Team Stages
Introduction
Self-Directed Work Teams develop in four stages: Forming, Storming, Norming, and Performing. It is management's task to provide training, coaching, and an environment that promotes progression through these stages.
Stage One: Forming (Awareness): The Immature Group
This beginning stage lasts a few days or weeks. People think about their new tasks and new environment. Members plan their work and their new roles. Emotions are positive.

  • Theme: orientation
  • Behaviors desired: commitment to group goals as task behavior, friendliness and concern about others and interest in relationship with others
  • Outcomes desired: commitment and acceptance of team and of others
  • Actions and activities: learning whatís expected
  • Leaderís role: high-task, low-relationship to compensate for low follower readiness
  • Leaderships skills and techniques: value clarification, visioning, communication through myth and metaphor, and goal setting to develop acceptance and commitment as individuals need to understand how they relate to team and teamís relationship to organization
  • Task of individual: getting acquainted, assessing strengths and weaknesses, participating in goal setting
  • Stage Two: Storming (Conflict): The Fractionated Group
    The anticipation and enthusiasm of the forming stage quickly falls away as the team faces a myriad of technical, interpersonal and social problems.

  • Theme: resistance
  • Behaviors desired: acknowledgment and confrontation of conflict openly at task level and listening with understanding to others at relationship level
  • Outcomes desired: clarification and belonging
  • Actions and activities: leadership struggles, incomplete communication, arguments and personalizing events; members appear confused and dissatisfied and output is low
  • Leaderís role: maintaining adequate production while building group competence requires high-task, high relationship
  • Leadership skills and techniques: active listening, assertiveness and conflict management to resolve stage two issues, and flexibility and creativity to support open environment and set climate for new ideas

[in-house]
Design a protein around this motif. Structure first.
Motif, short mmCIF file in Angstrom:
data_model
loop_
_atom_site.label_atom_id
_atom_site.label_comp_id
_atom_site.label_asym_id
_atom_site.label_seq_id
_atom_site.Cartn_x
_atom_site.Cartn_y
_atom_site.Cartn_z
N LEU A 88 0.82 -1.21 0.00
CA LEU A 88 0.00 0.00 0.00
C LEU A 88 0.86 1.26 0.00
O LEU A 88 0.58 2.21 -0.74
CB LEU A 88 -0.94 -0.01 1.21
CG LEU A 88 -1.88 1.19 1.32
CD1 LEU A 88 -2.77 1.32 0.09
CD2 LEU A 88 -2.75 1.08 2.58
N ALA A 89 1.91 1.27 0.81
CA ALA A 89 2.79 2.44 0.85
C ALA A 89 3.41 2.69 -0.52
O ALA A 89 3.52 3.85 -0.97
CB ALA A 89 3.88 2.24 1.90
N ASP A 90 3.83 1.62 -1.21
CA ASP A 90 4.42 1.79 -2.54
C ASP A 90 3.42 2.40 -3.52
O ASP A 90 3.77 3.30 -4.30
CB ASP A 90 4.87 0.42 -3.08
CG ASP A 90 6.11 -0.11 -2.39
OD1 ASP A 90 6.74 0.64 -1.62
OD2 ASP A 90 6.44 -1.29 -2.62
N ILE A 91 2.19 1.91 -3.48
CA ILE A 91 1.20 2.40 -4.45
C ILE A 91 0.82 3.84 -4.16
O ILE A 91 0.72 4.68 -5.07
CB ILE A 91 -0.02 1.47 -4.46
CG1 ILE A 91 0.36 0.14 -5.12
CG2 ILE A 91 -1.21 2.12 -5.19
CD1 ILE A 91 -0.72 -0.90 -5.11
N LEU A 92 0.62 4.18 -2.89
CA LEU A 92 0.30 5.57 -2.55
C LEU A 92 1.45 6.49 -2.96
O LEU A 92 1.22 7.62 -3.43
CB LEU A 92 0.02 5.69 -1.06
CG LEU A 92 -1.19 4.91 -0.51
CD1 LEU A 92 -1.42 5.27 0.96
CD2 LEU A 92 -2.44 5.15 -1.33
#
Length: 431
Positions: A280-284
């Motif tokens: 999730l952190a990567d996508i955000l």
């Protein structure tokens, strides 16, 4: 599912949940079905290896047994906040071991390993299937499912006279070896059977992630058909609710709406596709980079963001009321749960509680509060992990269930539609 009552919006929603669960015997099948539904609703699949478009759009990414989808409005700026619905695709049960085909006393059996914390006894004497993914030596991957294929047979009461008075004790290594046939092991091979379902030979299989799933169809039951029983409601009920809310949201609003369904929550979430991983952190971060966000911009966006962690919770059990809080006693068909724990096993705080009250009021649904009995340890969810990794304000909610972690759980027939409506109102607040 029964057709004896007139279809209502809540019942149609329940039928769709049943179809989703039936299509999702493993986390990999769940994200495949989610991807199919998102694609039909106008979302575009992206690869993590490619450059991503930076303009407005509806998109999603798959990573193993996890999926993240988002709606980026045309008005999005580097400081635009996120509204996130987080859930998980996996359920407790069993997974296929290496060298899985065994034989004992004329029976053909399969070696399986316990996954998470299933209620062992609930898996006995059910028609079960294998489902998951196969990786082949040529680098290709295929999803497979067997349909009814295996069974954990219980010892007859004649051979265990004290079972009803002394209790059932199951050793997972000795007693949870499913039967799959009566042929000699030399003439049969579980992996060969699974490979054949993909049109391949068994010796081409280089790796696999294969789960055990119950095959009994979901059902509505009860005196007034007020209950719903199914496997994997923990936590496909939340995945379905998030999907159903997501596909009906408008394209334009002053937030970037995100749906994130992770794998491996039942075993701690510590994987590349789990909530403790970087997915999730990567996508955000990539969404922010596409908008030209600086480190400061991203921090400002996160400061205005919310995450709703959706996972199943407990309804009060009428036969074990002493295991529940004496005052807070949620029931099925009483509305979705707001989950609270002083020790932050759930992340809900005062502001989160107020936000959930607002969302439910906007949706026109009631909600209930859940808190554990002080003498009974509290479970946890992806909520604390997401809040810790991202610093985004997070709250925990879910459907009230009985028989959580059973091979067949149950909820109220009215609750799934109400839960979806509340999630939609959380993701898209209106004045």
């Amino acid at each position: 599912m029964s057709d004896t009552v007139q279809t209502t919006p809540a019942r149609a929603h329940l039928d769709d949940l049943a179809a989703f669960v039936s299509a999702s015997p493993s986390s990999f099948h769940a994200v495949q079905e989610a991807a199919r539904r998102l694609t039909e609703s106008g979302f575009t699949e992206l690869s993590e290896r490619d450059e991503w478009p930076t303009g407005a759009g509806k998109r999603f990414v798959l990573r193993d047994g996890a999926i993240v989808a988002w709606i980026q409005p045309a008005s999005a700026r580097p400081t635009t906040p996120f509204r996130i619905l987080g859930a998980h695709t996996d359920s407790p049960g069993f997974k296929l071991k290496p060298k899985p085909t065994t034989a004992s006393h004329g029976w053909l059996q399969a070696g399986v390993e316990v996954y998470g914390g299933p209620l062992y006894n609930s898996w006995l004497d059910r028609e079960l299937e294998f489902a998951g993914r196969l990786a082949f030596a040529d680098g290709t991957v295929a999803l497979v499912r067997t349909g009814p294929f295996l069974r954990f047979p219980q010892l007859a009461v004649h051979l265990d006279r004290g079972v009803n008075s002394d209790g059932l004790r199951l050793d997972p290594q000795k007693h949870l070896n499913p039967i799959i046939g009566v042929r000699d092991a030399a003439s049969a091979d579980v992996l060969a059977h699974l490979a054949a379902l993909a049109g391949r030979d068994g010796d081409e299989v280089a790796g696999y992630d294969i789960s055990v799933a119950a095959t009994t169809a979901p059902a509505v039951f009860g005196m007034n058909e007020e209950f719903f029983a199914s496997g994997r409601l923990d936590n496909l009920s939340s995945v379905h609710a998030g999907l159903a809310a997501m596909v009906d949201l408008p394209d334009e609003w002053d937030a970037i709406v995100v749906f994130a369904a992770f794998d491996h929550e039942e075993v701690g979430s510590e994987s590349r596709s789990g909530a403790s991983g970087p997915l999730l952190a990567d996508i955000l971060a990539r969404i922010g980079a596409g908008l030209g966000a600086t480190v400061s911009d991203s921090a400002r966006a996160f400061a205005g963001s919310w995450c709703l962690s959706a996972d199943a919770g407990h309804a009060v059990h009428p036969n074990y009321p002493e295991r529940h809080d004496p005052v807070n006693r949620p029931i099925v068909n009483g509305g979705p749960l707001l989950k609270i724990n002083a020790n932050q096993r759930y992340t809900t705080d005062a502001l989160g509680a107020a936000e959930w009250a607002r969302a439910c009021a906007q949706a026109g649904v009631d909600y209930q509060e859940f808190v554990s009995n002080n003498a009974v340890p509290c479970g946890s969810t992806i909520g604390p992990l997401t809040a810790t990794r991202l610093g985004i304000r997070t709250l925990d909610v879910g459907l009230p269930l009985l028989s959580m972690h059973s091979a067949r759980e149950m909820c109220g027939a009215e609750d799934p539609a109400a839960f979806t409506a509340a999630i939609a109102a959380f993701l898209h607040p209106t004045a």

• Task of individual: listening actively and attentively to all viewpoints, supporting the development of and encouraging supportive environment for expression of ideas, confronting and managing disagreements to clarify purposes, roles and procedures
  • Stage Three: Norming (Cooperation): The Sharing Group
    Here, the team works through individual and social issues. They establish their own norms of behavior. Members begin to trust each other.As the team develops interpersonal skills, it also hones other skills. Members become increasingly adept at problem solving.

  • Theme: cohesion
  • Behavior desired: inclusion of others in decision making to meet task needs, recognition and respect of differences to meet relationship needs
  • Outcomes desired: involvement and support
  • Actions and activities: open exchange of feelings, facts, ideas, preferences and support; less dissatisfaction as ways of working together are clarified
  • Leaderís role: low-task, high relationship to promote participation and involvement, providing more opportunities for group members to take responsibility
  • Leadership skills and techniques: use of the techniques of playfulness and humor, entrepreneurship and coalition building (networking) promote involvement and support communication, feedback and affirmation
  • Task of individual: appreciation of differences, recognition of group success as source of personal power and resources, use of feedback to support collaborative working relationships, greater involvement in decision-making
  • Stage Four: Performing (Productivity): The Effective Team
    Now things begin to click. Members help each other, conflict is de-personalized, problems are solved and successive goals achieved and exceeded. Satisfaction and pride become the dominant emotions.

  • Theme: interdependence
  • Behaviors: contribution and valuing of new ideas and the ideas of others
  • Outcomes: achievement and pride
  • Actions and activities: working collaboratively to challenge their potential; celebrating success in the achievement of more complex goals helps sustain enthusiasm and maintain momentum
  • Leaderís role: delegation reduces need for interaction with staff to low-task, low relationship
  • Leadership skills and techniques: problem solving, planning, and decision making skills provide opportunities for achievement; mentoring helps to foster achievement in others
  • Task of individual: sharing in group accomplishments and productivity lead to sense of satisfaction and pride
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